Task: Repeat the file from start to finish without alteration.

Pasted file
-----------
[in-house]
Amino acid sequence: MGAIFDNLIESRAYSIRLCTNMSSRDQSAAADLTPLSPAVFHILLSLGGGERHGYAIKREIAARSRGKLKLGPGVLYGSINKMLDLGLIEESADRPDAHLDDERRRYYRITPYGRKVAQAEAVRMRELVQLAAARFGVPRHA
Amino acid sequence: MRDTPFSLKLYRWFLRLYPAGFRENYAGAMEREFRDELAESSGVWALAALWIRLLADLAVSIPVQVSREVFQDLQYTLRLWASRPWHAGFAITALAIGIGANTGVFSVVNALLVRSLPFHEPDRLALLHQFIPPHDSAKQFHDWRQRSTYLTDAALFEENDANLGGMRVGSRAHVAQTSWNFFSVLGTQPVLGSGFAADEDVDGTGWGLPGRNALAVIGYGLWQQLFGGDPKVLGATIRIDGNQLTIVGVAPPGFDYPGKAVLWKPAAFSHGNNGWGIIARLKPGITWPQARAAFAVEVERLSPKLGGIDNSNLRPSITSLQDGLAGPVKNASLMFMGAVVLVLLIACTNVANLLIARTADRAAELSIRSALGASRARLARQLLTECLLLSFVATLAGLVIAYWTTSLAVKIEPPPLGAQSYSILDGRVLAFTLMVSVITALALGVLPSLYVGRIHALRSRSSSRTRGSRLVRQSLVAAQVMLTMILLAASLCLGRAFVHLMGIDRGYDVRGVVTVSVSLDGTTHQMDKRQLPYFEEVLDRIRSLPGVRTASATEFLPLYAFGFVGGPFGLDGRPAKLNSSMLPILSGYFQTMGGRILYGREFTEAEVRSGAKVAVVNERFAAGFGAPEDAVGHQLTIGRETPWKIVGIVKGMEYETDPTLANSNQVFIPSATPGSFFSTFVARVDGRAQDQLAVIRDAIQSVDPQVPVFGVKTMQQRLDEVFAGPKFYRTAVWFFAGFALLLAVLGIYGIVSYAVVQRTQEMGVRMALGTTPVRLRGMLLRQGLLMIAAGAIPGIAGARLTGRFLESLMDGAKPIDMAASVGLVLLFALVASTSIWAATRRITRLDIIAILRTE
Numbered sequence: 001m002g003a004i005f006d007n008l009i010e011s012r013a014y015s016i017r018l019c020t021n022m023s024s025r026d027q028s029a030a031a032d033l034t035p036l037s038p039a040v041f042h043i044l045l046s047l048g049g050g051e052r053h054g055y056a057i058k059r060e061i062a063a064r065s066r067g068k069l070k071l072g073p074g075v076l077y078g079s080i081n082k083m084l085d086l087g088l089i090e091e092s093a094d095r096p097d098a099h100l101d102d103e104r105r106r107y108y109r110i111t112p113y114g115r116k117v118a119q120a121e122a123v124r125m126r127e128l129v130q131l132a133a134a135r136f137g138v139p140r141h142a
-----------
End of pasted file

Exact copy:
[in-house]
Amino acid sequence: MGAIFDNLIESRAYSIRLCTNMSSRDQSAAADLTPLSPAVFHILLSLGGGERHGYAIKREIAARSRGKLKLGPGVLYGSINKMLDLGLIEESADRPDAHLDDERRRYYRITPYGRKVAQAEAVRMRELVQLAAARFGVPRHA
Amino acid sequence: MRDTPFSLKLYRWFLRLYPAGFRENYAGAMEREFRDELAESSGVWALAALWIRLLADLAVSIPVQVSREVFQDLQYTLRLWASRPWHAGFAITALAIGIGANTGVFSVVNALLVRSLPFHEPDRLALLHQFIPPHDSAKQFHDWRQRSTYLTDAALFEENDANLGGMRVGSRAHVAQTSWNFFSVLGTQPVLGSGFAADEDVDGTGWGLPGRNALAVIGYGLWQQLFGGDPKVLGATIRIDGNQLTIVGVAPPGFDYPGKAVLWKPAAFSHGNNGWGIIARLKPGITWPQARAAFAVEVERLSPKLGGIDNSNLRPSITSLQDGLAGPVKNASLMFMGAVVLVLLIACTNVANLLIARTADRAAELSIRSALGASRARLARQLLTECLLLSFVATLAGLVIAYWTTSLAVKIEPPPLGAQSYSILDGRVLAFTLMVSVITALALGVLPSLYVGRIHALRSRSSSRTRGSRLVRQSLVAAQVMLTMILLAASLCLGRAFVHLMGIDRGYDVRGVVTVSVSLDGTTHQMDKRQLPYFEEVLDRIRSLPGVRTASATEFLPLYAFGFVGGPFGLDGRPAKLNSSMLPILSGYFQTMGGRILYGREFTEAEVRSGAKVAVVNERFAAGFGAPEDAVGHQLTIGRETPWKIVGIVKGMEYETDPTLANSNQVFIPSATPGSFFSTFVARVDGRAQDQLAVIRDAIQSVDPQVPVFGVKTMQQRLDEVFAGPKFYRTAVWFFAGFALLLAVLGIYGIVSYAVVQRTQEMGVRMALGTTPVRLRGMLLRQGLLMIAAGAIPGIAGARLTGRFLESLMDGAKPIDMAASVGLVLLFALVASTSIWAATRRITRLDIIAILRTE
Numbered sequence: 001m002g003a004i005f006d007n008l009i010e011s012r013a014y015s016i017r018l019c020t021n022m023s024s025r026d027q028s029a030a031a032d033l034t035p036l037s038p039a040v041f042h043i044l045l046s047l048g049g050g051e052r053h054g055y056a057i058k059r060e061i062a063a064r065s066r067g068k069l070k071l072g073p074g075v076l077y078g079s080i081n082k083m084l085d086l087g088l089i090e091e092s093a094d095r096p097d098a099h100l101d102d103e104r105r106r107y108y109r110i111t112p113y114g115r116k117v118a119q120a121e122a123v124r125m126r127e128l129v130q131l132a133a134a135r136f137g138v139p140r141h142a